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Man in a wheelchair at an airport. (Photo via iStock / Getty Images Plus / Manuel Faba Ortega)
Justin Levene, a paraplegic man, is suing Luton Airport after his self-propelling wheelchair was left behind on a flight and he was not provided with other means to independently move throughout the airport.
At the age of 20, Levene underwent surgery for a herniated disc, but something went wrong on the operating table, and he was paralyzed from the waist down.
Since then, Levene has worked hard to be independent and has been successful as an international wheelchair athlete and trainer and mentor to athletes with disabilities.
When he arrived in London’s Luton Airport in August 2017 to find that his self-propelling wheelchair had been left behind, he asked staff for a self-propelling wheelchair or motorized buggy, but the airport did not have either.
Airport staff offered to push him through the terminal in a high-backed wheelchair, but Levene rejected the offer finding it degrading to his independence.
Levene told the BBC: “I’ve worked very hard for a number of years to try and maintain all of my independence.”
Without his wheelchair, he says his self-sufficiency and independence “was no longer there.”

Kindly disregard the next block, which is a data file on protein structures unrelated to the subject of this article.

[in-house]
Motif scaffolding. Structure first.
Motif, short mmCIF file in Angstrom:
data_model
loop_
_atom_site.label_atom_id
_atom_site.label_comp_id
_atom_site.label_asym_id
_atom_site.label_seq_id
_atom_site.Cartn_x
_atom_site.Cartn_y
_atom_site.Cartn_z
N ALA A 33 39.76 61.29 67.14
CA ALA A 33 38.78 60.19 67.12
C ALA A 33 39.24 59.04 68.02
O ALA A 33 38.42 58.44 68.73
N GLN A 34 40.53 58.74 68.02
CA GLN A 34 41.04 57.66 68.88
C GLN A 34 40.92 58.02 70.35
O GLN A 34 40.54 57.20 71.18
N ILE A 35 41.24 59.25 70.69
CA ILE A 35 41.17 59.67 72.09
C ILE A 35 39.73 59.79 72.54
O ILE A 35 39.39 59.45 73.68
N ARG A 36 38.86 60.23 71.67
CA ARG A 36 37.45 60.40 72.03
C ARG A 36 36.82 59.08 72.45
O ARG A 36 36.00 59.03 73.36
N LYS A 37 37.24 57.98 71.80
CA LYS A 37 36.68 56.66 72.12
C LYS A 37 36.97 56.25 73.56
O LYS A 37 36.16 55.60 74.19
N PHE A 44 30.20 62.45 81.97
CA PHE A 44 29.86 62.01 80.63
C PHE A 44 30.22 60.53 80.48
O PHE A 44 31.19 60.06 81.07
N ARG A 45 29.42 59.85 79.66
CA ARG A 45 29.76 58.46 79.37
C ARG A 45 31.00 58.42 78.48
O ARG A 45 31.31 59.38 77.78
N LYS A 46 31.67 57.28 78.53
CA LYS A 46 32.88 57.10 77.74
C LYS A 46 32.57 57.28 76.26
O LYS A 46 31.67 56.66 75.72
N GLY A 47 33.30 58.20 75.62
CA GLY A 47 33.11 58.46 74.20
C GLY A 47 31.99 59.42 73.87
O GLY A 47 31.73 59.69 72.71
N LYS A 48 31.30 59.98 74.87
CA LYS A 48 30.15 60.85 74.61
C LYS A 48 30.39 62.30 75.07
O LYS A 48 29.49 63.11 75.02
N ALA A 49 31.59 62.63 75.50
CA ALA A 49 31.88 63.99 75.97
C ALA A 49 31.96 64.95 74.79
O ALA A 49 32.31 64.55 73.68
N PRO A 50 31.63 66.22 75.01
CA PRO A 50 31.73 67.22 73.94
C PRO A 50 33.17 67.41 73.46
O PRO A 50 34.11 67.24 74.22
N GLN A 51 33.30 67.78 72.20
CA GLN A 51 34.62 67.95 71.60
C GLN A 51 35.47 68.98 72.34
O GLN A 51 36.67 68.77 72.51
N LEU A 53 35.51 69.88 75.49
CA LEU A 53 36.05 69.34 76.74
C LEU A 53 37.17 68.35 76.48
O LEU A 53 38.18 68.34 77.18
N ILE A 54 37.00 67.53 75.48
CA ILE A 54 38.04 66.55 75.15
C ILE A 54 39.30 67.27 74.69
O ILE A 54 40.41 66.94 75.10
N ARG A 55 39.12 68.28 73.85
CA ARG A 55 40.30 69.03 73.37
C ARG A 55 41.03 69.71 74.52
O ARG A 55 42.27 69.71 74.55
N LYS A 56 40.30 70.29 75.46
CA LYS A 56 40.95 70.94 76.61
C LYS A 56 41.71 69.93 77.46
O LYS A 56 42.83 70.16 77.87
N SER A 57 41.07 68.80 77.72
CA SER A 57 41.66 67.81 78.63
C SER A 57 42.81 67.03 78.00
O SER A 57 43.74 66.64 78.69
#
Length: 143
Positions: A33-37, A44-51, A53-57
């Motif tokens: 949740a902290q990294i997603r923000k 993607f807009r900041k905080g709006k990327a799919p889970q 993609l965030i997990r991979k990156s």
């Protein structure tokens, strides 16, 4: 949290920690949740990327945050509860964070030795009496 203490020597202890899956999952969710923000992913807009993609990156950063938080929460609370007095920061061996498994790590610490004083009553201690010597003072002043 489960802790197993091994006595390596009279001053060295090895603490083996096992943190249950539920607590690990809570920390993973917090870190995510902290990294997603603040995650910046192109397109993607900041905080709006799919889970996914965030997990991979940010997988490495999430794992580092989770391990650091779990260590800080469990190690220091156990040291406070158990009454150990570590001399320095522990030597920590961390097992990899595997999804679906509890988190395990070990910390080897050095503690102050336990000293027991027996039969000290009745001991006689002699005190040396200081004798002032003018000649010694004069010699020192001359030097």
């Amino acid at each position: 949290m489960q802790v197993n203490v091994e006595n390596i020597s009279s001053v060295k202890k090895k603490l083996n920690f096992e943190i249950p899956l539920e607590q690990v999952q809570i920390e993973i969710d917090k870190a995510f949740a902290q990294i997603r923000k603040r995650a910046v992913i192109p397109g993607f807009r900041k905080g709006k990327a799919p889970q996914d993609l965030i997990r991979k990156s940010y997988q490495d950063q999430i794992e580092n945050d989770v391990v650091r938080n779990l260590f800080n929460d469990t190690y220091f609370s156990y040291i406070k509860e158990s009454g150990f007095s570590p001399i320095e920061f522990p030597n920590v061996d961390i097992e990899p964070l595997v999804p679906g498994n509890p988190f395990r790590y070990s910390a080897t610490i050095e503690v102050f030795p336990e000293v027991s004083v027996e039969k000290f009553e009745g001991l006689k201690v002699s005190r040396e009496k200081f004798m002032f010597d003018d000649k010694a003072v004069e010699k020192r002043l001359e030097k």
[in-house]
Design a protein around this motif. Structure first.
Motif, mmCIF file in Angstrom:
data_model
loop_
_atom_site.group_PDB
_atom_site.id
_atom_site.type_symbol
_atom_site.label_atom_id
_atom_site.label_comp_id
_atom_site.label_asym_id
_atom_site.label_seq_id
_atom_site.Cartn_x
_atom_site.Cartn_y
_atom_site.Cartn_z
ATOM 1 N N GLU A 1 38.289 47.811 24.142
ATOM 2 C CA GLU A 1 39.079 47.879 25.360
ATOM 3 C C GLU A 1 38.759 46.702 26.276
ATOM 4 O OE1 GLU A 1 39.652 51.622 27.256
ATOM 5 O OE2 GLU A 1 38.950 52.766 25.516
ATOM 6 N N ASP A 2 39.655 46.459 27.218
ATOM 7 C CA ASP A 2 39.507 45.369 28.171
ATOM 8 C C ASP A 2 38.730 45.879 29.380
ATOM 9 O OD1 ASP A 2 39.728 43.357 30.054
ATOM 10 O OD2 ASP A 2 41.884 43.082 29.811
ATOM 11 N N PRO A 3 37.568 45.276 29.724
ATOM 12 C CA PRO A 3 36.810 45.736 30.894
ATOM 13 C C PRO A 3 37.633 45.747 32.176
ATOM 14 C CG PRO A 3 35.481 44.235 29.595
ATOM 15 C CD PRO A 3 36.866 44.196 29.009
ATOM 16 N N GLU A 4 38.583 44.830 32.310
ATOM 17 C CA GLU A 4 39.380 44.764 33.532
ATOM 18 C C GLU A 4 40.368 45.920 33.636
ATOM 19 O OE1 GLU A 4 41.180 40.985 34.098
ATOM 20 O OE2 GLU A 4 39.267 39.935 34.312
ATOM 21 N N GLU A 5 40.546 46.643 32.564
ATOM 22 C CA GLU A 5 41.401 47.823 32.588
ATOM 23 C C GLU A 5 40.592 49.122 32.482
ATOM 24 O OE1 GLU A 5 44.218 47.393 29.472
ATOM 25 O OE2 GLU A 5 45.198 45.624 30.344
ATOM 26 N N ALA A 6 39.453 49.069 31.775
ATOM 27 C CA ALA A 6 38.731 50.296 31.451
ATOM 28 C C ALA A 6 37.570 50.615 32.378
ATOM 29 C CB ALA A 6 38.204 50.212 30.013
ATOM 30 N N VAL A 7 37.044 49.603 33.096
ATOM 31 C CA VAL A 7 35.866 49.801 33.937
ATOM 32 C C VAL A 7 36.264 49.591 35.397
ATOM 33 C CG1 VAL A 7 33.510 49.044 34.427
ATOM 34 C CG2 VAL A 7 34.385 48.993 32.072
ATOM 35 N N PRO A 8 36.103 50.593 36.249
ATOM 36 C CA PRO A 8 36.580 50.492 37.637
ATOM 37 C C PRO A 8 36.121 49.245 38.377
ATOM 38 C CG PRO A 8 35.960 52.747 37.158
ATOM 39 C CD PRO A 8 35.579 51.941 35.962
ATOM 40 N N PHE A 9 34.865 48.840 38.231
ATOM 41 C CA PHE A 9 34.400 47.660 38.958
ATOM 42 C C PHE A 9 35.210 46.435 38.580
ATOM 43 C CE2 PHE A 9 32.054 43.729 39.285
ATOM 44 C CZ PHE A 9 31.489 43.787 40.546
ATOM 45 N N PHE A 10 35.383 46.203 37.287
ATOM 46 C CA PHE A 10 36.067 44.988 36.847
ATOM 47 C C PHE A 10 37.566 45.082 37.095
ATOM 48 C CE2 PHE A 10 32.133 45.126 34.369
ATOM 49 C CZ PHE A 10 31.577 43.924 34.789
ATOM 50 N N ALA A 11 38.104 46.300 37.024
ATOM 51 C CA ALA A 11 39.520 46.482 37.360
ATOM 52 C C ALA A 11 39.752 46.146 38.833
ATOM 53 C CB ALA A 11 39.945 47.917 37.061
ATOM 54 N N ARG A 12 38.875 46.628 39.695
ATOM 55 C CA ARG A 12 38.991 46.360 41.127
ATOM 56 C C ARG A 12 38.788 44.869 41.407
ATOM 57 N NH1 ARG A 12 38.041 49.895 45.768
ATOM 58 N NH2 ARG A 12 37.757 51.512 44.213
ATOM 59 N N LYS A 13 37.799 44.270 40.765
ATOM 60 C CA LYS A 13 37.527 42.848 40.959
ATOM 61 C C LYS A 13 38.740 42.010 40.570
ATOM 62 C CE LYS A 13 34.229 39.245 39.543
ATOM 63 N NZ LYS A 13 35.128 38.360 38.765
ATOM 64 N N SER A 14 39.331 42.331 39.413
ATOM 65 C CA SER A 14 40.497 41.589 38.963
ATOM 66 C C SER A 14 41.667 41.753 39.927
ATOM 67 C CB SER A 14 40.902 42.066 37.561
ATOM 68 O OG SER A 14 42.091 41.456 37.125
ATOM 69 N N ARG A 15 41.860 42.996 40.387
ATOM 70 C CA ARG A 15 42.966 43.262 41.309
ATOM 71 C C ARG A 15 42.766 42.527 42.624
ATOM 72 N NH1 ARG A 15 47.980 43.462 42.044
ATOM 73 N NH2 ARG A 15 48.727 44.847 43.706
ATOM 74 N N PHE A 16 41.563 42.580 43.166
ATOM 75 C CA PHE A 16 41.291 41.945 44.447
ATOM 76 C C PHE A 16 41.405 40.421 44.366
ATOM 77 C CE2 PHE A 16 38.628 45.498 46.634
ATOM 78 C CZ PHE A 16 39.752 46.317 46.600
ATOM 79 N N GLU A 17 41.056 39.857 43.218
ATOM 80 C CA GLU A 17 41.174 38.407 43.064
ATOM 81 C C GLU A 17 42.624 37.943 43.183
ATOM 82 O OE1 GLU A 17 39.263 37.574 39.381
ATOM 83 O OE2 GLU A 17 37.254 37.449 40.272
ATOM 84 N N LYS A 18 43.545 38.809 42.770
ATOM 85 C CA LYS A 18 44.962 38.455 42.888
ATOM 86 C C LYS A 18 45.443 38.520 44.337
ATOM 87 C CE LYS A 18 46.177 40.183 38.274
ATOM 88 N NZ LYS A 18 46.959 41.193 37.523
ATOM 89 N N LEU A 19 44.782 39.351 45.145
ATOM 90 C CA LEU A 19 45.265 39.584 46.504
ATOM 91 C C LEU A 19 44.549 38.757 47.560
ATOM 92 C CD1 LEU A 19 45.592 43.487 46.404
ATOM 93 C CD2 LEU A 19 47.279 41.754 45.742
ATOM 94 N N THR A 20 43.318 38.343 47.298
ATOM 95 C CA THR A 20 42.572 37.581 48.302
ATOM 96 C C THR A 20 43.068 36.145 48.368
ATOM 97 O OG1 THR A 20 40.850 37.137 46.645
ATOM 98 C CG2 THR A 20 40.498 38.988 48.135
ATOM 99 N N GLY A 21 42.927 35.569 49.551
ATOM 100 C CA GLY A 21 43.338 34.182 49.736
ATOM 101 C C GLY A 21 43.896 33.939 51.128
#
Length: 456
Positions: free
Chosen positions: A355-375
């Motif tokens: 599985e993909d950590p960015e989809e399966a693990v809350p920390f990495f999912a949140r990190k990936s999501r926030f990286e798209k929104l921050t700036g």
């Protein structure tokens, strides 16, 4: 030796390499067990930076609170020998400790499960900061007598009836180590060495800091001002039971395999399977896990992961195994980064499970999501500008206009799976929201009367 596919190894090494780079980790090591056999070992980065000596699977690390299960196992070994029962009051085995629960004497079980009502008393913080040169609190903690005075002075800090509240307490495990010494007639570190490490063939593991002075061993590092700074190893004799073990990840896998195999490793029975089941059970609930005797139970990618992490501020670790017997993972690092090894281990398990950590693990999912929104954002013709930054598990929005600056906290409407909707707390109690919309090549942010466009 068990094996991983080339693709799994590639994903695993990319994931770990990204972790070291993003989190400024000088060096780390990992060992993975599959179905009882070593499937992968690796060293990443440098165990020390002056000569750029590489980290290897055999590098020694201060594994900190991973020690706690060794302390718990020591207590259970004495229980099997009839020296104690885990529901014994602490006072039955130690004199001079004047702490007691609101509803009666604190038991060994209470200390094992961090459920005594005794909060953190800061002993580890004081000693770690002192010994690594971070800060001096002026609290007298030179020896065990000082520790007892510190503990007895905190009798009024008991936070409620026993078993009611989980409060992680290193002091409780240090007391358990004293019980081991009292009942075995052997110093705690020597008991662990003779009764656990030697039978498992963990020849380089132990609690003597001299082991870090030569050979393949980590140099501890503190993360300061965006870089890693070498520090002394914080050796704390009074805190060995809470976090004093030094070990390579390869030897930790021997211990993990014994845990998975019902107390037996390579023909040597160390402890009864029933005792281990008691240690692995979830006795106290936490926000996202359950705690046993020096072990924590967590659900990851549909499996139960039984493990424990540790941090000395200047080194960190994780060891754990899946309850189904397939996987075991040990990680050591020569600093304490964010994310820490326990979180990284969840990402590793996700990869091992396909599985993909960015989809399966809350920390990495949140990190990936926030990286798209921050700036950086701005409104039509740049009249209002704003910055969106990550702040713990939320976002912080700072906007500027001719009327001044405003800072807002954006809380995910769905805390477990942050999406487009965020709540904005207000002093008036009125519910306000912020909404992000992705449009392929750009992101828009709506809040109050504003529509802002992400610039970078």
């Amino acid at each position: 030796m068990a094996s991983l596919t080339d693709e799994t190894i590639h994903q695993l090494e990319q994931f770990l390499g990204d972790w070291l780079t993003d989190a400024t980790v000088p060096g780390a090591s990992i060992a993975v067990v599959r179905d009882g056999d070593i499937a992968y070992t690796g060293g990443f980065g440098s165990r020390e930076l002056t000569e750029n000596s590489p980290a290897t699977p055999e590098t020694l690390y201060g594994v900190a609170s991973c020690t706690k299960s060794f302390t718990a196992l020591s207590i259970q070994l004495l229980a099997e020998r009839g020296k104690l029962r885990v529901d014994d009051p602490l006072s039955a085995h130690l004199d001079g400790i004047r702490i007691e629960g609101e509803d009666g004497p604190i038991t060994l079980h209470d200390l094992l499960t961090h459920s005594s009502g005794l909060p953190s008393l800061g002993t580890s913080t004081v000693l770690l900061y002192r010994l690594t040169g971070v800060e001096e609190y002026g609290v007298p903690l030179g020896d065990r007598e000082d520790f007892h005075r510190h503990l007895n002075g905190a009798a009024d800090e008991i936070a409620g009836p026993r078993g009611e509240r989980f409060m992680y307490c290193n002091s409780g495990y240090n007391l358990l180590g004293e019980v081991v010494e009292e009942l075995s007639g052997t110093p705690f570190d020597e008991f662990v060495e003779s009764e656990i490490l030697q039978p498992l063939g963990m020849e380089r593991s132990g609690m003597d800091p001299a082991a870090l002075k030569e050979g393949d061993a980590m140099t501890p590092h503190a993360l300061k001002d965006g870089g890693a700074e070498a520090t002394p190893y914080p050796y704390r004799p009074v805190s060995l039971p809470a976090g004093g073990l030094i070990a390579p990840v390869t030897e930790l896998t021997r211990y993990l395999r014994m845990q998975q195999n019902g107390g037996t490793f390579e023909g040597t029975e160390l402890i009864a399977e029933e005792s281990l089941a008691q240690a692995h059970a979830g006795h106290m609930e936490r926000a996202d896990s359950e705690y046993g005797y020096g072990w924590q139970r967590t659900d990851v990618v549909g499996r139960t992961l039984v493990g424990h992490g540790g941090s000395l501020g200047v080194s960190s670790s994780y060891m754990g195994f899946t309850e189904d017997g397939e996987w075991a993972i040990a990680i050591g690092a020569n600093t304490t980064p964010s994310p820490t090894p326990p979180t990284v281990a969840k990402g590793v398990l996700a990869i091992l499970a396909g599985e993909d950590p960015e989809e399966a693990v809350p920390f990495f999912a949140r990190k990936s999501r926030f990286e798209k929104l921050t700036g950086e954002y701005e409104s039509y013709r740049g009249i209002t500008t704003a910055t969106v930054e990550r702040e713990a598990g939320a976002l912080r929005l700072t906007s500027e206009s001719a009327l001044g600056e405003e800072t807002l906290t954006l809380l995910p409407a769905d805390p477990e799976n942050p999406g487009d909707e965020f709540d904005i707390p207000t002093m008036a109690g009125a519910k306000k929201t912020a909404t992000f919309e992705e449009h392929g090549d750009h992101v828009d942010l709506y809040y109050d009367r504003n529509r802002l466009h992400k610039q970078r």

“And to be in one of the chairs they were offering would make me feel humiliated and degraded. They insisted in trying to strap me down in it,” he said. “I wouldn’t have been able to adjust myself, and would have been at risk of getting a pressure sore.”
Without a motorized buggy or self-propelling wheelchair, Levene opted to drag himself on the floor throughout the terminal. Photos show that Levene eventually hauled himself on a baggage trolley and pushed himself to a taxi.
While Levene understands that mistakes can happen like leaving behind his own wheelchair, he expected Luton to provide him with the proper equipment.
“Every single airport I’ve been to, no matter where it is, no matter how small the airport may have been, there has always been some form of equipment, whether it has been a self-propelled wheelchair or a buggy,” he says.
Levene’s suit against Luton Airport claims that they did not provide “adequate disability equality and awareness training to those responsible for providing mobility assistance,” according to BBC News.
In a statement, the airport said: “On discovering that Mr. Levene’s flight had arrived without his wheelchair, our teams worked hard to find a solution, offering Mr. Levene an assisted wheelchair as a temporary replacement.”
“Mr. Levene declined all offers of help as he deemed them unacceptable. While we apologize if Mr. Levene was dissatisfied with the service he received, we are satisfied that our agents and staff did all they could in difficult circumstances.”
For Levene, an apology isn’t enough.
“There should be appropriate equipment in every single airport,” he said. “If something does happen, no one should be put in the position that they are forced to crawl through the airport or drag themselves along the floor.”
“And there should be some form of equipment to move themselves independently. Someone whose chair is their legs shouldn’t be forced to be reliant on others for help.”
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